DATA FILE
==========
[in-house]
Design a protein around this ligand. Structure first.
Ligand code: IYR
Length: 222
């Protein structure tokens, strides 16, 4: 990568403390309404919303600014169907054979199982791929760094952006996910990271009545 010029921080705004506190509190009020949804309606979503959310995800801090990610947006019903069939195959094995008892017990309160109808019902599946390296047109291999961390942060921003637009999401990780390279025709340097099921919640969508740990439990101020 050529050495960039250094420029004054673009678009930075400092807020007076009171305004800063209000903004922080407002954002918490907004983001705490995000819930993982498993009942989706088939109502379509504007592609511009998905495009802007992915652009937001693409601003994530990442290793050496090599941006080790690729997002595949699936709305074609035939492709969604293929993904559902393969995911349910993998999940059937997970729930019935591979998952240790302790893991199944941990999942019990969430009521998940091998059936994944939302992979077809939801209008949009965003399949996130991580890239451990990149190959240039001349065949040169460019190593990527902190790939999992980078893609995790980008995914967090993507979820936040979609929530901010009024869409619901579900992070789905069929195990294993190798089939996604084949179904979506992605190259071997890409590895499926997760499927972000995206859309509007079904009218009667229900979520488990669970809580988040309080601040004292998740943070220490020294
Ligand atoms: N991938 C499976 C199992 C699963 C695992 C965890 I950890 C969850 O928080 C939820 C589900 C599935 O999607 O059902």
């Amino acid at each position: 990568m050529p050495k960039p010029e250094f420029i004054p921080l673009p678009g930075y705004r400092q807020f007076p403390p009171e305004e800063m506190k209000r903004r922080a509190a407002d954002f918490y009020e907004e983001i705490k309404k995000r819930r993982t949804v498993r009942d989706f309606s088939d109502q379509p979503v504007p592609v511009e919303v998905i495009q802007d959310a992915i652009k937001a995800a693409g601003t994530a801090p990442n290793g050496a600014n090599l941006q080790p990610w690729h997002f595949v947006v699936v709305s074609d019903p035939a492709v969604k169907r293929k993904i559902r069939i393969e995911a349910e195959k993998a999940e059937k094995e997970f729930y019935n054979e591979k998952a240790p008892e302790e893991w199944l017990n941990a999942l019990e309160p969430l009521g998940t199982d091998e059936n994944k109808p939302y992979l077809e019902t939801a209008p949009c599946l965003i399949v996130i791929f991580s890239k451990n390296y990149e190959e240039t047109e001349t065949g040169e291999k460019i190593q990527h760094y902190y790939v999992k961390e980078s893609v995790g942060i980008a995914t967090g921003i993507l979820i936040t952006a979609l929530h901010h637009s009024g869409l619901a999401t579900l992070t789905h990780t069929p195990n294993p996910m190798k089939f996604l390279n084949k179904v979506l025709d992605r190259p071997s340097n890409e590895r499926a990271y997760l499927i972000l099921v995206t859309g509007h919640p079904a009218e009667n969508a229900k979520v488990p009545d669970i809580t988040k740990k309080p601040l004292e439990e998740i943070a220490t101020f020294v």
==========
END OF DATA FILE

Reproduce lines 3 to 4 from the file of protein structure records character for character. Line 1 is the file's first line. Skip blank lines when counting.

Ligand code: IYR
Length: 222